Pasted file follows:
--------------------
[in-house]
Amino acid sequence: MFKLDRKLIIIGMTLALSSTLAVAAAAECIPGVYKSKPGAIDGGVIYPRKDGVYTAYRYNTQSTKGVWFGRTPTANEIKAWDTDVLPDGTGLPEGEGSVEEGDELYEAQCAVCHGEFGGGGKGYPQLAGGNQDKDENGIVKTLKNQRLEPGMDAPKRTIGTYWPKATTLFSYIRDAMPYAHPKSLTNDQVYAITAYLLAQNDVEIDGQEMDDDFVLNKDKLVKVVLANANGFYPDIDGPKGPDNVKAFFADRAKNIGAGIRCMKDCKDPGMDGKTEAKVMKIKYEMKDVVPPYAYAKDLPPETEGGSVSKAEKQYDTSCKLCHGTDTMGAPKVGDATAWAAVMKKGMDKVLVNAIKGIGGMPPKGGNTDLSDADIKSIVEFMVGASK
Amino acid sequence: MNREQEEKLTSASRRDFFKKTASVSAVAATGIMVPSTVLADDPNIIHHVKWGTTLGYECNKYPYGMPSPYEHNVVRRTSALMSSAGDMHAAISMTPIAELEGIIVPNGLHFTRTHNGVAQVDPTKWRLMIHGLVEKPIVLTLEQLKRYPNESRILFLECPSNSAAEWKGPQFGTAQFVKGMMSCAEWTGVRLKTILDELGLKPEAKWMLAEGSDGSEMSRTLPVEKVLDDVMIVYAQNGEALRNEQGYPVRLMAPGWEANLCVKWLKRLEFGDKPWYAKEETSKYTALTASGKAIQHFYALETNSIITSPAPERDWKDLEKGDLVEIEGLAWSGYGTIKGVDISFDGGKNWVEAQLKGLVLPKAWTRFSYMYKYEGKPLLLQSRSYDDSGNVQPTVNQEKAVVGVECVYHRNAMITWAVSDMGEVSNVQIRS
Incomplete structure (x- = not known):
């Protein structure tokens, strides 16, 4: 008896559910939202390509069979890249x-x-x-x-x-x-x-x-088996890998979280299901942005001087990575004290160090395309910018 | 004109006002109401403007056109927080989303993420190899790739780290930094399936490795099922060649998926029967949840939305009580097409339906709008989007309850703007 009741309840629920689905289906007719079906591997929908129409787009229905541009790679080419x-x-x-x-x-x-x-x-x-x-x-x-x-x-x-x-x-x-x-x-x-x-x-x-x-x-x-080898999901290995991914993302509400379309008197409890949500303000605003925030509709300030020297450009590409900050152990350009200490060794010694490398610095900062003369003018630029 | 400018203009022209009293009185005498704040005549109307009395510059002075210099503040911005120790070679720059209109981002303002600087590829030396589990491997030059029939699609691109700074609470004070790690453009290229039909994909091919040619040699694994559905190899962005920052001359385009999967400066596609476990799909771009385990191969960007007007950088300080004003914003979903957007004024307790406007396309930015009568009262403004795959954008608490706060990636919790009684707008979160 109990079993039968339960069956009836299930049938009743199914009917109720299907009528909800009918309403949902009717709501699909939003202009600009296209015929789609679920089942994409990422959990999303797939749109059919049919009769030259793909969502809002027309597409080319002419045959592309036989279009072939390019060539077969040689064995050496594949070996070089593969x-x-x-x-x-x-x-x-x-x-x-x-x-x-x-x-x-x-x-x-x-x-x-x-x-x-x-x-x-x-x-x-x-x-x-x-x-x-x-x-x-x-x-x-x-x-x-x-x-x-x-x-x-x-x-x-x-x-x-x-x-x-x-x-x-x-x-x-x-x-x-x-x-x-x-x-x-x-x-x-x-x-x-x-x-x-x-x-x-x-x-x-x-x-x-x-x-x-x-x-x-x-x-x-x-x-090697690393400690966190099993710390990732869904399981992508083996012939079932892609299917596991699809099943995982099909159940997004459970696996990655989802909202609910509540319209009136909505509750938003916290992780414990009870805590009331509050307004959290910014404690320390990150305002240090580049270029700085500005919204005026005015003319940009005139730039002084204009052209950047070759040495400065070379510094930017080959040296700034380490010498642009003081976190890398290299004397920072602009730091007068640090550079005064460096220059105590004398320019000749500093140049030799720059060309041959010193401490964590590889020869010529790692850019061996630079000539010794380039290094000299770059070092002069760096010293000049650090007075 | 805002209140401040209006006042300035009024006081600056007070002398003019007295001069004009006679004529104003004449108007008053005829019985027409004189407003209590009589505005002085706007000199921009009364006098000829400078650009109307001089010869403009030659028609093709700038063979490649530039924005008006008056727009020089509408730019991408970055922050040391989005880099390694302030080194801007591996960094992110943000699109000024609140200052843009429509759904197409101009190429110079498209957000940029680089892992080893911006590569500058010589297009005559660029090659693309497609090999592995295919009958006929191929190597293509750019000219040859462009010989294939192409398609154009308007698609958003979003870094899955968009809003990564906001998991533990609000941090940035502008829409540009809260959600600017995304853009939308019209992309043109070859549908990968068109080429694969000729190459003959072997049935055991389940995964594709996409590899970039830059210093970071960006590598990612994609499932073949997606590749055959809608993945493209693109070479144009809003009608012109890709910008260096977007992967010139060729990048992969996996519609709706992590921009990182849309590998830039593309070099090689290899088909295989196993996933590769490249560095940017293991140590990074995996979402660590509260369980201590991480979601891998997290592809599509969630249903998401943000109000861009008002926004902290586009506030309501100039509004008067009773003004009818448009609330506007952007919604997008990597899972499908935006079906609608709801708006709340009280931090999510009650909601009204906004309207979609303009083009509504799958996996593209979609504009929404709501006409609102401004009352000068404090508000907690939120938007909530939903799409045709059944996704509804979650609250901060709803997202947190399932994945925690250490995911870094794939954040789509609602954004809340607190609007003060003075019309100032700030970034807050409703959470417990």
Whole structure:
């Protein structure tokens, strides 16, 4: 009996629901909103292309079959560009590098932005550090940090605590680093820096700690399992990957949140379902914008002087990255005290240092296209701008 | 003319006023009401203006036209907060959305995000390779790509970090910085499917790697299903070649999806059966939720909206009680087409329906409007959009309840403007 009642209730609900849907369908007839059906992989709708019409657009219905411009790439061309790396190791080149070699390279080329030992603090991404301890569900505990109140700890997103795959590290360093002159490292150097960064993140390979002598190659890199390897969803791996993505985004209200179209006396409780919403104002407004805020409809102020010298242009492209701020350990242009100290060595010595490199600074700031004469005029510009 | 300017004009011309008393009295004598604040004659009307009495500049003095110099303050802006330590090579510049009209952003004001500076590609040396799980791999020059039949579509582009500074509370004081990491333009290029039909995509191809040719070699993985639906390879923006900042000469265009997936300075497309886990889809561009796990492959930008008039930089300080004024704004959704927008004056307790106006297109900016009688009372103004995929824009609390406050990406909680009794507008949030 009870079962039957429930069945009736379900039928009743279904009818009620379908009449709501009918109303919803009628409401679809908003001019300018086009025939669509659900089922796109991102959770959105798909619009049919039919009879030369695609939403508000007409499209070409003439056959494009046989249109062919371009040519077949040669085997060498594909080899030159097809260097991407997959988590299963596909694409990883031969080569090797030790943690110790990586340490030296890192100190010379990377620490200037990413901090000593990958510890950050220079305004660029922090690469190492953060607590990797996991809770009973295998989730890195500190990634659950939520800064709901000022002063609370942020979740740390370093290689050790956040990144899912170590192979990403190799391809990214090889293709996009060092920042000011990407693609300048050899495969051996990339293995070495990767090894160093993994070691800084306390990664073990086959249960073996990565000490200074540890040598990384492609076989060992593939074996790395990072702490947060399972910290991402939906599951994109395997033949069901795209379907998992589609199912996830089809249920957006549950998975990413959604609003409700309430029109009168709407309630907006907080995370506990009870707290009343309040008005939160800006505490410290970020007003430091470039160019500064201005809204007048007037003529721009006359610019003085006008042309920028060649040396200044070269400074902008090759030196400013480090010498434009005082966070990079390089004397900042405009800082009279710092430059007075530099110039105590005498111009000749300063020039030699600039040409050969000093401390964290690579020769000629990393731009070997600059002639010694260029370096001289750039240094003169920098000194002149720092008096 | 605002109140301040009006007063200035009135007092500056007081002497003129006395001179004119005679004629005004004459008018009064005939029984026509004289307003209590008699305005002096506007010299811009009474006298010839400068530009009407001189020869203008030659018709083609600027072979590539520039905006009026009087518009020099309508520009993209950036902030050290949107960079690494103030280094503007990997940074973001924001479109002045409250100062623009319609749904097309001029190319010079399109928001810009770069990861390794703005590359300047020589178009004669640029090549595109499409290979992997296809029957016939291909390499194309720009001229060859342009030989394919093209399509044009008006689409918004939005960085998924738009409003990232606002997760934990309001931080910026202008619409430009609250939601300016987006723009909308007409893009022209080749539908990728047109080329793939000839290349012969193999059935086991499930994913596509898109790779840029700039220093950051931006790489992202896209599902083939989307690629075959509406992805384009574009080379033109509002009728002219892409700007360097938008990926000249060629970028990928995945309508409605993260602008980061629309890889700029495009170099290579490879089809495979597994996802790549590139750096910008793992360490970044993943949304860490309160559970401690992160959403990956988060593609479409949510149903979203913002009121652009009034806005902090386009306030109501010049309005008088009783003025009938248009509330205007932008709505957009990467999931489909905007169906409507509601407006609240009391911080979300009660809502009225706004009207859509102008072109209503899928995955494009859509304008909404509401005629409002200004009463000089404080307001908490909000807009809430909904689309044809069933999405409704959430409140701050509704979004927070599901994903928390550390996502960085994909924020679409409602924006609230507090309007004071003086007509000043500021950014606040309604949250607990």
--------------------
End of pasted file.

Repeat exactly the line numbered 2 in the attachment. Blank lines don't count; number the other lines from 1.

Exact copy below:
Amino acid sequence: MFKLDRKLIIIGMTLALSSTLAVAAAAECIPGVYKSKPGAIDGGVIYPRKDGVYTAYRYNTQSTKGVWFGRTPTANEIKAWDTDVLPDGTGLPEGEGSVEEGDELYEAQCAVCHGEFGGGGKGYPQLAGGNQDKDENGIVKTLKNQRLEPGMDAPKRTIGTYWPKATTLFSYIRDAMPYAHPKSLTNDQVYAITAYLLAQNDVEIDGQEMDDDFVLNKDKLVKVVLANANGFYPDIDGPKGPDNVKAFFADRAKNIGAGIRCMKDCKDPGMDGKTEAKVMKIKYEMKDVVPPYAYAKDLPPETEGGSVSKAEKQYDTSCKLCHGTDTMGAPKVGDATAWAAVMKKGMDKVLVNAIKGIGGMPPKGGNTDLSDADIKSIVEFMVGASK